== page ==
Lobstermen trace the route of a proposed undersea cable between Monhegan Island and Boothbay Harbor during a protest on Sunday. Maine Coast Fishermen’s Association

The seabed survey for a cable that would connect the planned offshore wind turbine near Monhegan Island to the mainland was disrupted Monday morning by three fishing boats that circled the survey vessel, according to New England Aqua Ventus, the project’s developer.

The action led the crew of the 144-foot R/V Go Liberty to suspend operations for an unspecified period, New England Aqua Ventus said.

“It was creating an unsafe situation until it’s resolved,” Dave Wilby, a project spokesman, told the Portland Press Herald.

The incident follows a protest Sunday by more than 80 lobster boats that lined up between Monhegan and Boothbay Harbor to call attention to their concerns about potential wind power development off the Maine coast.

Lobstermen fear that the ongoing survey project and the test turbine that would follow it will disrupt fisheries and undermine a traditional industry that is a vital economic engine for coastal Maine. But the project also is critical to Maine’s ambitions of jump-starting a new clean-energy sector.

After years of planning, a collaboration between the University of Maine and New England Aqua Ventus would link a turbine south of Monhegan to the mainland power grid in South Boothbay via a 23-mile underwater cable. The 12-megawatt test turbine would be the first commercial-scale project in the nation and help demonstrate the viability of floating offshore wind energy.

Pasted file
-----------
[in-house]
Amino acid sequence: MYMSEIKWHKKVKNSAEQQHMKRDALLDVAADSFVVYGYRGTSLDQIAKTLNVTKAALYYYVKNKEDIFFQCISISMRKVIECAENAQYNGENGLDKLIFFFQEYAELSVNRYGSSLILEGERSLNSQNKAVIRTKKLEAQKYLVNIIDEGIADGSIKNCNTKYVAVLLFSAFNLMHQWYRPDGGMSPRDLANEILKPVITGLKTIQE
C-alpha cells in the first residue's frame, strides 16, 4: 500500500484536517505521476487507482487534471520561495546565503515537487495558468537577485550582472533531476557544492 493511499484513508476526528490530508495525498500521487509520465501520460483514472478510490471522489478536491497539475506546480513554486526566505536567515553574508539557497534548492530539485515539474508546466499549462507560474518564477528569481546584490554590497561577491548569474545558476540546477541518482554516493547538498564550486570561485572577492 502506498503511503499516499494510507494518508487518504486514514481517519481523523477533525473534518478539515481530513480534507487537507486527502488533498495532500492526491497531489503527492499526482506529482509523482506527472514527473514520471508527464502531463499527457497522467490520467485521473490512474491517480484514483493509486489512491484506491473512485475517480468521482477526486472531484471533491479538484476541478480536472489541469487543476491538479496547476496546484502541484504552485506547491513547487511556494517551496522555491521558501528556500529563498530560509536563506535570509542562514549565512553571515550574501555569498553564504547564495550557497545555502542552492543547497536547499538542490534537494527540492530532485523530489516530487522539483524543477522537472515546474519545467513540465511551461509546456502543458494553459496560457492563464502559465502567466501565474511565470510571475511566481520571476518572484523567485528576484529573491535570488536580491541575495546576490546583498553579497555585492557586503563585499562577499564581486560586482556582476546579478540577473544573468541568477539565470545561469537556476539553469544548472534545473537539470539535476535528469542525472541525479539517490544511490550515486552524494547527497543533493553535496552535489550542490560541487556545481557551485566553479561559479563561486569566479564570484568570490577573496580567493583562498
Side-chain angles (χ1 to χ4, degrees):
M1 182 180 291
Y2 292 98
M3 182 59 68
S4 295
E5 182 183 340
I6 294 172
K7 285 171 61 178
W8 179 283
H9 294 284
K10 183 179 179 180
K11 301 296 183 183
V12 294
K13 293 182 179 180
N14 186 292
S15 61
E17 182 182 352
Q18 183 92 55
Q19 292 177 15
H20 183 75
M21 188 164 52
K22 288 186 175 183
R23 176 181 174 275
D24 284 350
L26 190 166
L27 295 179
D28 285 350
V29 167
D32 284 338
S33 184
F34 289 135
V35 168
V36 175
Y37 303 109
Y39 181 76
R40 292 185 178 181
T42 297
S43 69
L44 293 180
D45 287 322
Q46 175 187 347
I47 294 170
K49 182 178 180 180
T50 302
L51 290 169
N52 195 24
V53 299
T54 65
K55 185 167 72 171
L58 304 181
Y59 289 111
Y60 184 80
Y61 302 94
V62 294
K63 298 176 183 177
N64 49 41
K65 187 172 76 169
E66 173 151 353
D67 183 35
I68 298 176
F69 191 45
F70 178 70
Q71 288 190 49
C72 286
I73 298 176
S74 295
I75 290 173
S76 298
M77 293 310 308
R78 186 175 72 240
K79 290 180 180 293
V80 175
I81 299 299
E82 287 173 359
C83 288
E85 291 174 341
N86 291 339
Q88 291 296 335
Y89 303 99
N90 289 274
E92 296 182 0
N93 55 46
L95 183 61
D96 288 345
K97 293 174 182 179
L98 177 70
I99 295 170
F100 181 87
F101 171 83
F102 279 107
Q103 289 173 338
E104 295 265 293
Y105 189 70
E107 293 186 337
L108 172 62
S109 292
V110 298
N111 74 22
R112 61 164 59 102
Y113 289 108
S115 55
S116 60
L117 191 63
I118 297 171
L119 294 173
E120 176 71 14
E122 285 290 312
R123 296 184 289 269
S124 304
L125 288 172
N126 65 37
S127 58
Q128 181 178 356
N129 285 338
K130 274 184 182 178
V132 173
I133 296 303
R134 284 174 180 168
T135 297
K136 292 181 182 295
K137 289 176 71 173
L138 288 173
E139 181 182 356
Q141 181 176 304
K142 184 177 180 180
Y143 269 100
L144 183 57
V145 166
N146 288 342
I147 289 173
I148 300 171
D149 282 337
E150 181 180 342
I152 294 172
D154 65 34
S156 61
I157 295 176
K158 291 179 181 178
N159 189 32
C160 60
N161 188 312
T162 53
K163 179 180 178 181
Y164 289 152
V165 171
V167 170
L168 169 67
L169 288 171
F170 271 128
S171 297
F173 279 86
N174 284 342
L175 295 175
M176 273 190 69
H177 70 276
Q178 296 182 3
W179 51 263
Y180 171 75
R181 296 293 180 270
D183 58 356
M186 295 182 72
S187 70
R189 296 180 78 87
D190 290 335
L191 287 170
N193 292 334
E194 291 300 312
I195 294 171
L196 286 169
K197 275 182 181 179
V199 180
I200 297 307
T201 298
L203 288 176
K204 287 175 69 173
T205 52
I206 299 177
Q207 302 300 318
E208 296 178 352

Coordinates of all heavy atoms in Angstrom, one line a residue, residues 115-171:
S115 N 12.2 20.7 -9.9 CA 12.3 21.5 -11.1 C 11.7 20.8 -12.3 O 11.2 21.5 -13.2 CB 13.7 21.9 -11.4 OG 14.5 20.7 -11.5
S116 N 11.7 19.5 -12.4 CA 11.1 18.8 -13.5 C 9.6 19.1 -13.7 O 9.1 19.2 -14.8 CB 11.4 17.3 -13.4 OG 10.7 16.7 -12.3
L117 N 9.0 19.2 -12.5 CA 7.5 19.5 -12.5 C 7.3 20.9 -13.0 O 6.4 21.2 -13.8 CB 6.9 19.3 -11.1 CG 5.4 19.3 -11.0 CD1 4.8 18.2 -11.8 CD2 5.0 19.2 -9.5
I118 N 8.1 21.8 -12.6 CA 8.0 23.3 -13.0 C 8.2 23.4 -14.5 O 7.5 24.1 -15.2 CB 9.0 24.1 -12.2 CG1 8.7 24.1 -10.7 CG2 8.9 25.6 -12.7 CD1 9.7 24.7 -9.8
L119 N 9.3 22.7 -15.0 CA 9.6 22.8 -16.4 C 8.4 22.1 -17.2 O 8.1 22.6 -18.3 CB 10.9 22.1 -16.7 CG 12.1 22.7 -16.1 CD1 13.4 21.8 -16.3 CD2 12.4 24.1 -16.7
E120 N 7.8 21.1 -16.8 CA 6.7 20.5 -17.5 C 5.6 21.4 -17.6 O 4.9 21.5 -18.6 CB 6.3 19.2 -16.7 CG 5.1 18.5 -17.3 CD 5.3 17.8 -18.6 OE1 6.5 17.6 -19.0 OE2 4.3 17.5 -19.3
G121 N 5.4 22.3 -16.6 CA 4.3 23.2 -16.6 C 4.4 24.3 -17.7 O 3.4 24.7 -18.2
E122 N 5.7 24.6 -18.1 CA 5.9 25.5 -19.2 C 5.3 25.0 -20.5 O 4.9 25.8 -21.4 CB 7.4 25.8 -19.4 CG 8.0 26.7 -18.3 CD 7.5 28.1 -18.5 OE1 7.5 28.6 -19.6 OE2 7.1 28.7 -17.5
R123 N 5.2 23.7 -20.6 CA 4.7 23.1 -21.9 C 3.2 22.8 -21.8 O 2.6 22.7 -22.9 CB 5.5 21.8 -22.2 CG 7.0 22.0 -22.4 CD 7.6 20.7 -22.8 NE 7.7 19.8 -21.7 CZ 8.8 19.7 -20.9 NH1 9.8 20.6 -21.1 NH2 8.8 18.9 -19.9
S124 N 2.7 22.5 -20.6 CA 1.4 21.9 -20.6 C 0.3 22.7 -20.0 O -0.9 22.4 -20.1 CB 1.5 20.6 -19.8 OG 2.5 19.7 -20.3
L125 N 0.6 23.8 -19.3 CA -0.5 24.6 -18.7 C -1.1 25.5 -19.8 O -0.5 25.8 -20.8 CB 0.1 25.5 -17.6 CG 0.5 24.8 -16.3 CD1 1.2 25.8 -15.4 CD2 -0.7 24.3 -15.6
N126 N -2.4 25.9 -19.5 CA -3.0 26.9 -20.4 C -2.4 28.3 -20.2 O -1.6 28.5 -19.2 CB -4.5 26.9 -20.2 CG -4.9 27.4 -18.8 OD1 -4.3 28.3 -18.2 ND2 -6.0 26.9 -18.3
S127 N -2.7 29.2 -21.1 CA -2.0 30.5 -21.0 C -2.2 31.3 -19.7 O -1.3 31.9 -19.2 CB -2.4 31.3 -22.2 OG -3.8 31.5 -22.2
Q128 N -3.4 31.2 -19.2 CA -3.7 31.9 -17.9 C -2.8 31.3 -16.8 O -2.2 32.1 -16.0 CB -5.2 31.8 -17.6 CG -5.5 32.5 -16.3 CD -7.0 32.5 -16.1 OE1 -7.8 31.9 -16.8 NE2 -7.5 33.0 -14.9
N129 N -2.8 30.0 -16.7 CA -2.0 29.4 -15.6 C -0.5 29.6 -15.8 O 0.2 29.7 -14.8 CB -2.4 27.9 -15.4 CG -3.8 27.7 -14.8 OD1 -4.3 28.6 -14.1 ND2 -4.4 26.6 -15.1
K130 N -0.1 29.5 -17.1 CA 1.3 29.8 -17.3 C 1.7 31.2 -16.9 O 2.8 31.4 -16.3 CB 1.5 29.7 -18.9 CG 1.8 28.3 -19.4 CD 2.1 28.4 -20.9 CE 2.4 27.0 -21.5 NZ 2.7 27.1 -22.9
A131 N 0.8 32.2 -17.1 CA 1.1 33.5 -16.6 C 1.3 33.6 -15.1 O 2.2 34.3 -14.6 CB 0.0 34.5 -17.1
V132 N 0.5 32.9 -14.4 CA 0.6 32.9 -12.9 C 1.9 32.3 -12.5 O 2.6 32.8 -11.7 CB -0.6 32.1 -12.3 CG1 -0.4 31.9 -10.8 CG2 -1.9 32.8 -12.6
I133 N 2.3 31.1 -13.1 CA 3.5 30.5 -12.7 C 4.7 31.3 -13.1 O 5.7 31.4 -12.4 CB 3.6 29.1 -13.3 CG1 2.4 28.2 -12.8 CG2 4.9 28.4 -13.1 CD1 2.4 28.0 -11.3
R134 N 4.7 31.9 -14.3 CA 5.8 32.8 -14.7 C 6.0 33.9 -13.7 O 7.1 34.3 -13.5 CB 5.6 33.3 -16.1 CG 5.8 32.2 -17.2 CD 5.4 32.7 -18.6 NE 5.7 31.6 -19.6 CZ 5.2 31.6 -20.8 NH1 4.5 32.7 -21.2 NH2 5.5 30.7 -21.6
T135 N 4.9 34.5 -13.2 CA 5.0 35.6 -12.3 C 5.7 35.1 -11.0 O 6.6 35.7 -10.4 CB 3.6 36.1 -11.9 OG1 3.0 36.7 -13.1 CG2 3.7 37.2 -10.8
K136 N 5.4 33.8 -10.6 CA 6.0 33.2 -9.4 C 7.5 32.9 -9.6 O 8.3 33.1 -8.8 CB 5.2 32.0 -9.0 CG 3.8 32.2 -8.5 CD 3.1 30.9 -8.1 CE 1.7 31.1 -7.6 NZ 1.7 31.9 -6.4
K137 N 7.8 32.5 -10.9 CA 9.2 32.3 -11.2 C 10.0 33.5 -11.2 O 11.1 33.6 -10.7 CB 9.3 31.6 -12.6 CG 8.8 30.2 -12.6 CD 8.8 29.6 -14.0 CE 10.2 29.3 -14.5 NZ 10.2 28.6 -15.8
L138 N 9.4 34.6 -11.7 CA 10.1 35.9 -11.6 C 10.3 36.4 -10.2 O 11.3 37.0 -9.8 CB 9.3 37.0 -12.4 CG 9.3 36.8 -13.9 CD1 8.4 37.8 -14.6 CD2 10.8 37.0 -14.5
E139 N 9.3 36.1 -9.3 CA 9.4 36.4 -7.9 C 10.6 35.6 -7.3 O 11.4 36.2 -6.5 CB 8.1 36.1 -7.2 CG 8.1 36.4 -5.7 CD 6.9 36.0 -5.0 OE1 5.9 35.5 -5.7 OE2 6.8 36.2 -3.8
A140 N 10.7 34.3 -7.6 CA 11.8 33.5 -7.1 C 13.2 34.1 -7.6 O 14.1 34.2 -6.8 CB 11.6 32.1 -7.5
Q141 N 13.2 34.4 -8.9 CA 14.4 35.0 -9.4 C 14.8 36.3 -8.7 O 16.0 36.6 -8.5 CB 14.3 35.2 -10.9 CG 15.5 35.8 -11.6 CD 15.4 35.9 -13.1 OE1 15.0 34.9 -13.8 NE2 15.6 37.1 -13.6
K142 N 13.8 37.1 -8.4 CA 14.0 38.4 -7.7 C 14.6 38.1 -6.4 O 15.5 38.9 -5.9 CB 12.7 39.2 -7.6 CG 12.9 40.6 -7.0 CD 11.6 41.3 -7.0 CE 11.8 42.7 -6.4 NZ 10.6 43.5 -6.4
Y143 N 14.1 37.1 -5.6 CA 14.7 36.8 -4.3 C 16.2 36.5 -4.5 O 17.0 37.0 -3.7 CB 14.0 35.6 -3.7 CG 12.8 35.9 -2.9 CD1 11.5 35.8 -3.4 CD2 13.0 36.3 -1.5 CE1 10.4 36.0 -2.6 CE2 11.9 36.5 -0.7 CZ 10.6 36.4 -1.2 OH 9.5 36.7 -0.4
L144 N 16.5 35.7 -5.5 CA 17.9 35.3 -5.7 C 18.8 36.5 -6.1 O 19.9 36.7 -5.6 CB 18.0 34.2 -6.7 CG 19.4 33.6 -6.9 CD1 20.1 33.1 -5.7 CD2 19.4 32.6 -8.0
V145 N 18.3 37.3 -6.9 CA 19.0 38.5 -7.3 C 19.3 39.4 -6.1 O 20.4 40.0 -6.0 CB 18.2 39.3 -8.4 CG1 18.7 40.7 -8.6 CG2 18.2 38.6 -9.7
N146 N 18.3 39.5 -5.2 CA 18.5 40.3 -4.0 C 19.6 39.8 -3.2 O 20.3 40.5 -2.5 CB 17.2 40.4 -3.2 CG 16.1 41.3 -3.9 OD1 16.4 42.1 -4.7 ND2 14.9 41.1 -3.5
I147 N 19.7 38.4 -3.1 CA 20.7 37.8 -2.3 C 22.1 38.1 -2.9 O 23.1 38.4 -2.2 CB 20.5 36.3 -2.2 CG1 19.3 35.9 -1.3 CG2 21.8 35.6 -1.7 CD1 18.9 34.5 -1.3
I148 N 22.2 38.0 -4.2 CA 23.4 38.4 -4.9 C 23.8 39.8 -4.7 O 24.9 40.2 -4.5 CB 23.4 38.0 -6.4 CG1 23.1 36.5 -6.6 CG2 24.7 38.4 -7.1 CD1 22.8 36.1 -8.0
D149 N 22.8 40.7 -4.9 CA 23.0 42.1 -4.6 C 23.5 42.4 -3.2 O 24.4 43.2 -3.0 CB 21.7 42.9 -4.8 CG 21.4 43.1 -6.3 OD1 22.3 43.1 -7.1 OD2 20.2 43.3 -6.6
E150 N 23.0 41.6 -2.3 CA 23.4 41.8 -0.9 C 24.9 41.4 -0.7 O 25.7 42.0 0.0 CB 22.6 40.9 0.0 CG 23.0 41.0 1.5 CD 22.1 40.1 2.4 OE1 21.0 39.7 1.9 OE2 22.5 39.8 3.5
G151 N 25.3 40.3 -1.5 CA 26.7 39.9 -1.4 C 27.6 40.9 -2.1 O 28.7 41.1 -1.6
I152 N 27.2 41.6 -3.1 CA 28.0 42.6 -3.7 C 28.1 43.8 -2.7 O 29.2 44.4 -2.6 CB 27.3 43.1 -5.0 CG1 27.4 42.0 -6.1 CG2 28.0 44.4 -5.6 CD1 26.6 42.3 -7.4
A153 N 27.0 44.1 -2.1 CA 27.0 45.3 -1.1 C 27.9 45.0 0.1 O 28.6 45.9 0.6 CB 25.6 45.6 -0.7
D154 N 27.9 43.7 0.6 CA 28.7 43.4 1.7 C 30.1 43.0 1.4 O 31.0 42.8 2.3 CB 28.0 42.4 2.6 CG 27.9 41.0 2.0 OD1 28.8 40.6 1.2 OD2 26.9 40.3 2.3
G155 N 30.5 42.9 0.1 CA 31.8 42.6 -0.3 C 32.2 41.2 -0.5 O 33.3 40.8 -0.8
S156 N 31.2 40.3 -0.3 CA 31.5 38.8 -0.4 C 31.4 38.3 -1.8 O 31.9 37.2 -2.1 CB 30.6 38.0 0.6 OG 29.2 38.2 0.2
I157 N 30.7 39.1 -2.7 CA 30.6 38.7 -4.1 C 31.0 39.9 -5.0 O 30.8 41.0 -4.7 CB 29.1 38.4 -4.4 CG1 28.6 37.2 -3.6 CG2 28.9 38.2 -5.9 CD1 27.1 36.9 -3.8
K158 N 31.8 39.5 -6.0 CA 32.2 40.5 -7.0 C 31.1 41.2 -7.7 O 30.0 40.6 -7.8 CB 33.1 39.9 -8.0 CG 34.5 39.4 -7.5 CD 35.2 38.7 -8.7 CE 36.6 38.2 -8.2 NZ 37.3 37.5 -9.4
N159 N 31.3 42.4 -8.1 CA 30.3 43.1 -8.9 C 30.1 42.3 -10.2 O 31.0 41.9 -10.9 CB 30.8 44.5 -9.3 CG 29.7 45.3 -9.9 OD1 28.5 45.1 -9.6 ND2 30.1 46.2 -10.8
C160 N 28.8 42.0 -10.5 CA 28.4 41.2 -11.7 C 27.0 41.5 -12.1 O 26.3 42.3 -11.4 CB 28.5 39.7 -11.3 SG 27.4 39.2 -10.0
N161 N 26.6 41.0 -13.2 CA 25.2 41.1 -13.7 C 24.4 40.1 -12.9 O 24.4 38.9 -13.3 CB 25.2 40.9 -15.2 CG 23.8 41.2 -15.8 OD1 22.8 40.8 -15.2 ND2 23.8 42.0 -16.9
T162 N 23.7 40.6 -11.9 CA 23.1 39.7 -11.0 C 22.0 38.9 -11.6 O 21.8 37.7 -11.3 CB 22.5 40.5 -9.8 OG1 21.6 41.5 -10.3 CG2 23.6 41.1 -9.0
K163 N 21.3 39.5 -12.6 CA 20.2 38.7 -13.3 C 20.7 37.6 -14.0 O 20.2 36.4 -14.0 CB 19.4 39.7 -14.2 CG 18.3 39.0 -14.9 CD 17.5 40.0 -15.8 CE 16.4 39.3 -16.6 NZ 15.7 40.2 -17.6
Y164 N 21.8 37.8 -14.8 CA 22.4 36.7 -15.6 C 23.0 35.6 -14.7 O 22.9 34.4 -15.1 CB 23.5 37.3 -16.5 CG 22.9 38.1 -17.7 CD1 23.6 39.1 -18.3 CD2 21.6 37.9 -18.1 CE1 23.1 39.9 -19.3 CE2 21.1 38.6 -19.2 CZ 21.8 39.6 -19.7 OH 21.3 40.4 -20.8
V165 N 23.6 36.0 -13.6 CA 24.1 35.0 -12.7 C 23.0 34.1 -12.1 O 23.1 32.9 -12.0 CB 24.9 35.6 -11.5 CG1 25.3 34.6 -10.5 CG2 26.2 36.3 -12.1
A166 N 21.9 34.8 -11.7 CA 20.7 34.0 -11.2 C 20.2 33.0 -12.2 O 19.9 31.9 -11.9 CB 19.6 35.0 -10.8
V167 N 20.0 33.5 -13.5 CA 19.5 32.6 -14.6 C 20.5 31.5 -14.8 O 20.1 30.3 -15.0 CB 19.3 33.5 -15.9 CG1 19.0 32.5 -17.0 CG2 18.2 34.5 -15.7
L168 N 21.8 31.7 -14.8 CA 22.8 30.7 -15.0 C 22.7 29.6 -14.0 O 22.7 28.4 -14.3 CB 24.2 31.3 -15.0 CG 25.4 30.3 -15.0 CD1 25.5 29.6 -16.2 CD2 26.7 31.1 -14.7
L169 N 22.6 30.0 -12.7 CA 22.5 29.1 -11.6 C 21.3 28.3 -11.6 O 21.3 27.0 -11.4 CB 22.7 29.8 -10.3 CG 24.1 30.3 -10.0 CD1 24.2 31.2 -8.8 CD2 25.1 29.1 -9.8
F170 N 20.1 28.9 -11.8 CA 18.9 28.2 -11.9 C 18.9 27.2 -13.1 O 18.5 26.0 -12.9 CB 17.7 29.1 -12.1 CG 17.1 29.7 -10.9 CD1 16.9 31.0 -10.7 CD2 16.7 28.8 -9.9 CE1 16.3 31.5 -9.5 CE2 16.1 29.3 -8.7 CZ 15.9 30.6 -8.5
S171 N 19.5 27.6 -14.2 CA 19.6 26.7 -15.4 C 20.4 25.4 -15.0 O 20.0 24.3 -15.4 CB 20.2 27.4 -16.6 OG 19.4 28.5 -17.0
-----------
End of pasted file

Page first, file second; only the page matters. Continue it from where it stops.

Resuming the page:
Details of what transpired along the survey route on Monday were hard to confirm and some key elements were in dispute. What is clear is that the events added to long-simmering tensions between fishermen and project developers.

Cellphone video taken from the Going Deep, a lobster boat out of Waldoboro, and posted on Facebook shows the Go Liberty on a heading to what Larry Reed, the boat’s captain, says is lobster gear.

“He’s going to tow right through the lobster gear with no concern,” Reed narrates in the video while panning to show buoys bobbing in his boat’s wake.

Reached at sea Monday afternoon, Reed said he only had a minute to talk but remarked: “I just didn’t like them towing toward my gear.”

Wilby said the Go Liberty alerted the Maine Marine Patrol and U.S. Coast Guard when the lobster vessels got close. A spokeswoman for the Coast Guard in Boston said a crew was dispatched out of Boothbay Harbor at the request of the Marine Patrol, but couldn’t confirm what, if any, incident had occurred.

The Department of Marine Resources and the Marine Patrol were still assessing the situation Monday afternoon, said Jeff Nichols, a spokesman.



Also in dispute is the presence of lobster gear along the survey route. Gear in the water could get tangled in the survey equipment, damaging both traps and expensive electronics.

Starting last month, the Department of Marine Resources and New England Aqua Ventus began reaching out to area fishermen with the route coordinates and requests that gear owners remove their equipment prior to the survey start date.

According to a gear density survey conducted on March 13, a total of 221 buoys were recorded, concentrated near a conservation area off Monhegan, Moser Ledge and the mouth of the Damariscotta River. The survey company then sent an email update to fishermen and posted a list of coordinates on the Aqua Ventus website, with a request to remove the gear.